This inspiring story is just one example of how school choice can transform lives. Because Salima’s parents were empowered through Arizona’s school choice program, their daughter’s needs finally are being met.

Missouri’s Medicaid Program Striking Out Intended Beneficiaries

In baseball, getting a hit three out of 10 at-bats could make you an All-Star, and maybe even a Hall of Famer if you do it consistently enough. But while batting .300 is pretty good for the National Pastime, in most other contexts succeeding only three out of 10 times won’t get you accolades.

That point was hit out of the ballpark over the past few days.

Last week mid-Missouri’s ABC 17 reported on the story of a pregnant woman who had been trying to sign up for Medicaid benefits, only to have her paperwork lost and her calls unreturned by the Department of Social Services (DSS). When the issue came up at a House hearing, the DSS admitted it had to do better, but it also admitted something astonishing (emphasis mine).

The Department says thirty percent of its callers are having their needs met, which Campbell acknowledges is too low. She says staff are being reassigned to taking calls and other changes are being made to improve that percentage, but [State Rep. Sue] Allen says the situation remains frustrating.

“In a company, in a private business, people would be gone,” observes Allen.

Missouri’s Medicaid program is deeply broken, and yet some of our politicians think now is the time to expand it with Obamacare. It isn’t. In baseball and business, step one would be to fix what is wrong and then build upon successes, not to double-down on a bad system and bad players. That’s what Missouri should be doing: fixing Medicaid, not making an already bad situation worse—especially for the patients the program was supposed to help.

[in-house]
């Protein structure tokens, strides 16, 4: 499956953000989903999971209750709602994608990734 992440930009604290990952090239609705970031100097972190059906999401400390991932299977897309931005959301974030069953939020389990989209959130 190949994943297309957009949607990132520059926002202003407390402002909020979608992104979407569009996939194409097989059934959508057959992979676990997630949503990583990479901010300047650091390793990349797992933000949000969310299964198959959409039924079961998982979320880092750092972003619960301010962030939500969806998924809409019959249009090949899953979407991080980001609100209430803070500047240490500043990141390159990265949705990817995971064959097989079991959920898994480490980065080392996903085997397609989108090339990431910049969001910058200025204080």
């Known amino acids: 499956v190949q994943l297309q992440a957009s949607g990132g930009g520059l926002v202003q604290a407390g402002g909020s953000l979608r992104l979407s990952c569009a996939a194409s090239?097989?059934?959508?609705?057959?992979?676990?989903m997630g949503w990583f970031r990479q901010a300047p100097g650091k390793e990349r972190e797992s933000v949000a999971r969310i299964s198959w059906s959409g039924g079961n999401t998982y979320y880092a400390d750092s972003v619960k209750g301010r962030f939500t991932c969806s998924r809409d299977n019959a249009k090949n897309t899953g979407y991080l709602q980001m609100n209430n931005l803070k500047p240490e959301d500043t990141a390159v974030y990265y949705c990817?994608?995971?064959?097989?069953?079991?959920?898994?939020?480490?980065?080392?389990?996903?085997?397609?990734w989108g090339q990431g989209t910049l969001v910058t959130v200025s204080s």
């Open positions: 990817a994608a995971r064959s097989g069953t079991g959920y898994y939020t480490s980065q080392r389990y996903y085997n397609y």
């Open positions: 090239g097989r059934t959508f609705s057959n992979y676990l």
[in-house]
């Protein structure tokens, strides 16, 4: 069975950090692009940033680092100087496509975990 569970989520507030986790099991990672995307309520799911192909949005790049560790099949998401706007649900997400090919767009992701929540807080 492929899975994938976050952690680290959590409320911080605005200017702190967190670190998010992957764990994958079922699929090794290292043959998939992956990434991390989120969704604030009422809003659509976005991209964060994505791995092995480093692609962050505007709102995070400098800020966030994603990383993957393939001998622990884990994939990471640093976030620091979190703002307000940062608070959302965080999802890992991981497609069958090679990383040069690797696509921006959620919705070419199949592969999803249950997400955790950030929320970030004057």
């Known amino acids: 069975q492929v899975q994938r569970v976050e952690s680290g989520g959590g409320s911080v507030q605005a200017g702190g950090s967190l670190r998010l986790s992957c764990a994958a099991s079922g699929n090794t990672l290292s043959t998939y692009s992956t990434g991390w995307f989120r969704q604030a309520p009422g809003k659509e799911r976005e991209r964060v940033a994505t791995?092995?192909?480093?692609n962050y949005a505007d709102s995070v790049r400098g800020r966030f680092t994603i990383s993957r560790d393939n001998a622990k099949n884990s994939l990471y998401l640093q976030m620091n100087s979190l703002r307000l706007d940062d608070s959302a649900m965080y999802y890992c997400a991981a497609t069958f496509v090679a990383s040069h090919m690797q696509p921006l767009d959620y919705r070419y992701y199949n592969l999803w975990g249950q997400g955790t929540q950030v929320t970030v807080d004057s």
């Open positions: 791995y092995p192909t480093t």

Missouri’s Medicaid system is institutionally well below the Mendoza line. It’s time to rethink the program.

October 21, 2014

The Teachers’ Union Cycle

Last week, Time Magazine released an article titled “Teachers Unions Are Putting Themselves On November’s Ballot,” which reported that the National Education Association (NEA) and the American Federation of Teachers (AFT) will spend a combined $60 million to $80 million this election cycle. What does that mean for education stakeholders in Missouri?

The graphic below represents how teachers’ unions influence local school districts.

teachers union cycle

The first path of influence is through national and state political activity. At both levels, teachers’ unions make contributions to candidates that are likely to represent their platforms. The NEA, for example, takes strong positions on national education issues such as Common Core and school choice.

Unions also back issues at the state level—the Missouri NEA is reported to have donated $20,000 to campaign against Amendment 3, an initiative to end teacher tenure in Missouri, while it’s PAC, the Committee in Support of Public Educators, raised almost $90,000. Although there is money spent on the opposite side, monetary contributions are not the only way teachers’ unions influence policy.